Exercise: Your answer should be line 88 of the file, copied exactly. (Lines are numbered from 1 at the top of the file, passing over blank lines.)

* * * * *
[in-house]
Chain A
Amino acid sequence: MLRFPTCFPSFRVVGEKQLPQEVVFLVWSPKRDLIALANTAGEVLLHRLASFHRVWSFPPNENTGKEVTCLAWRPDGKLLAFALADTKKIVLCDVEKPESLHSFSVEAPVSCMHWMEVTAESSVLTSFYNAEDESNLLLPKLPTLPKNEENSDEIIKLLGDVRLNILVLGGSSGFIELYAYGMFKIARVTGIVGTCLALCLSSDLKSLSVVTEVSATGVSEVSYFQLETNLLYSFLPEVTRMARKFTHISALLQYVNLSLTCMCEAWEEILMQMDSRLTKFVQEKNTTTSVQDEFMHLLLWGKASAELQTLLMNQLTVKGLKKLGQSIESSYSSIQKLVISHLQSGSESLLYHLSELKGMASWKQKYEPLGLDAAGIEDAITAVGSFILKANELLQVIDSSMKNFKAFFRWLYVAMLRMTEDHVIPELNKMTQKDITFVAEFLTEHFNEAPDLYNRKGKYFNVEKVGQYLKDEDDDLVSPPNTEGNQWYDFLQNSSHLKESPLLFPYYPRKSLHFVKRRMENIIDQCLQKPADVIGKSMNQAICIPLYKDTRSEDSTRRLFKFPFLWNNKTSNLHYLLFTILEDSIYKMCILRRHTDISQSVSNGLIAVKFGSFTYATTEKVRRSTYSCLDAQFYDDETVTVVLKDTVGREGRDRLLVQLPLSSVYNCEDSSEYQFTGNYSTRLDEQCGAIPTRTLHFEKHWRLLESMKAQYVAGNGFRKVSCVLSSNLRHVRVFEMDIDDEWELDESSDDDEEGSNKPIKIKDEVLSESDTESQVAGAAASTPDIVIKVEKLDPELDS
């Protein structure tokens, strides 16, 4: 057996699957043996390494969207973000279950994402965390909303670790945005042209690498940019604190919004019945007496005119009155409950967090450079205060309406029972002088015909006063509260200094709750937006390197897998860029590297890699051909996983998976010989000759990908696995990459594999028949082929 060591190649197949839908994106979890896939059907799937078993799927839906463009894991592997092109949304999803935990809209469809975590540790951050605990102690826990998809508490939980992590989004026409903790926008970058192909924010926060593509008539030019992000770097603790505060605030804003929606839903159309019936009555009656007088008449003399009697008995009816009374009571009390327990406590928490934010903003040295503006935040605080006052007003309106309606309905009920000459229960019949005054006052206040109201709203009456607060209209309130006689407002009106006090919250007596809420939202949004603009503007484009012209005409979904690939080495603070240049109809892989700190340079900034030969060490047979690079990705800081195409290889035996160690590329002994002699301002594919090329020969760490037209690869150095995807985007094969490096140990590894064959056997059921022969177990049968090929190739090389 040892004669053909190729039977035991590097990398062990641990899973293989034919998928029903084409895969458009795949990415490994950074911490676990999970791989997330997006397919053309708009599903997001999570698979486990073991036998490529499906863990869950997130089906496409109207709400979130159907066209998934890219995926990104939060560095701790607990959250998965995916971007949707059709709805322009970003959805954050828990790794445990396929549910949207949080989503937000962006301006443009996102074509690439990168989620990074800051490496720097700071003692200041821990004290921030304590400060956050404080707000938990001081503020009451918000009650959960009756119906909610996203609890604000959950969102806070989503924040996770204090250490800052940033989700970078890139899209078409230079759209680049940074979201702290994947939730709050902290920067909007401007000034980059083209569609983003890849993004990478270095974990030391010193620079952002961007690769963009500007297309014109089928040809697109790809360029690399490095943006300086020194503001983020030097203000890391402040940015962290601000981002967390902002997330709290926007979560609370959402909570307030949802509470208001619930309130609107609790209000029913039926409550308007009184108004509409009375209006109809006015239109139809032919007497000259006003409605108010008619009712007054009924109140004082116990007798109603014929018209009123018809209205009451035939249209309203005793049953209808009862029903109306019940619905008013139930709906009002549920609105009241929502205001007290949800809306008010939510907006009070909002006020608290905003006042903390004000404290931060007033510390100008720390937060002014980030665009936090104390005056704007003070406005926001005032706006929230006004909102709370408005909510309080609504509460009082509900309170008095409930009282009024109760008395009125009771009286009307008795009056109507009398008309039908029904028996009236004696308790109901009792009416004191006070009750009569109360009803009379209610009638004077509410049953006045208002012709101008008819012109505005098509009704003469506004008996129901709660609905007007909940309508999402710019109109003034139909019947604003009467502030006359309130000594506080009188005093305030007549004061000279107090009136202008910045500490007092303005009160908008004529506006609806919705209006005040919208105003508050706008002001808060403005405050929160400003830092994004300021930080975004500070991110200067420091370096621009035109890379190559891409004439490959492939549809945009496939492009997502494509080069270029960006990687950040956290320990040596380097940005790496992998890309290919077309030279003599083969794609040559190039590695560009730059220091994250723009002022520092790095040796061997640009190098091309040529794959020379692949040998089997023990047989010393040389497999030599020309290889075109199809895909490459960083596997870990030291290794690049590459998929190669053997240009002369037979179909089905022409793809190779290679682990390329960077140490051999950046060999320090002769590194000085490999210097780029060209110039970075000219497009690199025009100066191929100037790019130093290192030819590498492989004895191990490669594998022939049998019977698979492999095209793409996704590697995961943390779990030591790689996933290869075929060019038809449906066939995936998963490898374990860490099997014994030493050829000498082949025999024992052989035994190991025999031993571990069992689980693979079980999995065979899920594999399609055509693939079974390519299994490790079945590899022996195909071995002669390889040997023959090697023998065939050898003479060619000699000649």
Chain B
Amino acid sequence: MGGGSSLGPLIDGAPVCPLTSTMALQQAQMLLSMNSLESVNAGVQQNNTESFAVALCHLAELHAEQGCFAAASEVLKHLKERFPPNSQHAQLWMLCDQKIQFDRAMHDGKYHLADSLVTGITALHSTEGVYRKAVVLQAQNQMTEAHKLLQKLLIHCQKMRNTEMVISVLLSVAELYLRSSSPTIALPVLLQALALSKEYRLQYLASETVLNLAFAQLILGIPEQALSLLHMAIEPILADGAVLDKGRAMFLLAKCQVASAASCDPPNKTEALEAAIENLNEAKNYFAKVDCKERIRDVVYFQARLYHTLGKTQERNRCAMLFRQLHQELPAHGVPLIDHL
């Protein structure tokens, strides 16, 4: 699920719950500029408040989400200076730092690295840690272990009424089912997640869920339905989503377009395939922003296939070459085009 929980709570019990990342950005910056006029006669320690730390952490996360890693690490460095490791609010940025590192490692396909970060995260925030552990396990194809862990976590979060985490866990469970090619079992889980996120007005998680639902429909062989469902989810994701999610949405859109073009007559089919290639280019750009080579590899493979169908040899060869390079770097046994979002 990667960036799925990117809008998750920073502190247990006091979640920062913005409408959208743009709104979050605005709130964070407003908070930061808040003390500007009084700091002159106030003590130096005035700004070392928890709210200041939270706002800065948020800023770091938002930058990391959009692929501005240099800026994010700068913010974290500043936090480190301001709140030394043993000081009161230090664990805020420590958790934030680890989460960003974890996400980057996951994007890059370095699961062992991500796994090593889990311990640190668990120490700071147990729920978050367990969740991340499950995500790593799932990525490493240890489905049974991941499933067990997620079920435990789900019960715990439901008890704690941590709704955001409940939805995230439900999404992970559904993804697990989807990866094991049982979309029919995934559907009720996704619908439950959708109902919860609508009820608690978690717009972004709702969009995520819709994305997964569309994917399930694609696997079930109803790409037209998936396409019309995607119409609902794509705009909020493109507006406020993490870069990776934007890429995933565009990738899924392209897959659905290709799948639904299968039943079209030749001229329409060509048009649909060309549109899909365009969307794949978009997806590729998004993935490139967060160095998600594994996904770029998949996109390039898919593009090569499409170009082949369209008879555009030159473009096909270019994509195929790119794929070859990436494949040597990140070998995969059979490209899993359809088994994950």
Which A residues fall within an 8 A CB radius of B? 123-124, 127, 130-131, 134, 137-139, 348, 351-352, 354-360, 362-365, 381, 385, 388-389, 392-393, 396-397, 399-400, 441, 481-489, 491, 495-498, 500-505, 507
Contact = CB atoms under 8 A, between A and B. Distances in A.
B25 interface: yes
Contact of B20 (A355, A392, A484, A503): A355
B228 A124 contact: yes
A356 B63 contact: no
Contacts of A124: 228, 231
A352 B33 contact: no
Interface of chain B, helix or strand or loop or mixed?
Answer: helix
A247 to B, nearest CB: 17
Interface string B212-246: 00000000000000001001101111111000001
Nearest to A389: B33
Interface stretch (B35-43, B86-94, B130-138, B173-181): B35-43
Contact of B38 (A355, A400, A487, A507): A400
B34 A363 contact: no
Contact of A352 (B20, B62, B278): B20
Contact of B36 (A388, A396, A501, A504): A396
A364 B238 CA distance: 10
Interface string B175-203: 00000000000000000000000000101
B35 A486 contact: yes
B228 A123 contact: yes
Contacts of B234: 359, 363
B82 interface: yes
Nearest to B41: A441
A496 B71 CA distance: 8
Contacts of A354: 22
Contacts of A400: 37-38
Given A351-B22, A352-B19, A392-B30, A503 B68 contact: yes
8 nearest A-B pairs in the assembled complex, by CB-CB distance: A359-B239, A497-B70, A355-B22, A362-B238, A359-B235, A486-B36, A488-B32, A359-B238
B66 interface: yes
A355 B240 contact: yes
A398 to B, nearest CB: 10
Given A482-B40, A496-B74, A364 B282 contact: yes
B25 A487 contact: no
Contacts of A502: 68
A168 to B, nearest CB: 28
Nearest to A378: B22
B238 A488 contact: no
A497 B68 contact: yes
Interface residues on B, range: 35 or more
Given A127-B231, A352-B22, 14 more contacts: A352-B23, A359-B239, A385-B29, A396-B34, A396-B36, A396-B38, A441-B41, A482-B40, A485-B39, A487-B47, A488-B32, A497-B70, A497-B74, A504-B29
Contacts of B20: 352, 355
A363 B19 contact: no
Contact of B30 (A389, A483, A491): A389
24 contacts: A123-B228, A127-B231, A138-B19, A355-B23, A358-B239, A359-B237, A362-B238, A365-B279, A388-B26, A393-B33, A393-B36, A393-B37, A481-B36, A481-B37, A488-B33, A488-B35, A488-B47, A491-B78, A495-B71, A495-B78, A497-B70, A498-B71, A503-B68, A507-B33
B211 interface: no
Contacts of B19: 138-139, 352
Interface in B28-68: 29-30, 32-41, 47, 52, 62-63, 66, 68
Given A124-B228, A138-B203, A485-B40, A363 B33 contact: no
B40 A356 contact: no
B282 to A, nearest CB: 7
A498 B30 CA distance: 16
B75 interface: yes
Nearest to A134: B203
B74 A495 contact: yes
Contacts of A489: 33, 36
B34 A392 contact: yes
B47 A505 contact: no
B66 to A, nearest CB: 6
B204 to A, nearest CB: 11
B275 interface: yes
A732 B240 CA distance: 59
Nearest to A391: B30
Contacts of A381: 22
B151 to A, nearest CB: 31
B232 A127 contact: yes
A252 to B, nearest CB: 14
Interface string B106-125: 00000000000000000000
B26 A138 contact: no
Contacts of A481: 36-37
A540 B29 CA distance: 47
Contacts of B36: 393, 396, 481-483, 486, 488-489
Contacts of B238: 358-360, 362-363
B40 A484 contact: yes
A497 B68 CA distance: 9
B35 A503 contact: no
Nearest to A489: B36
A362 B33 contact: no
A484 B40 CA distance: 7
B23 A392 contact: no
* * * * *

B23 A392 contact: no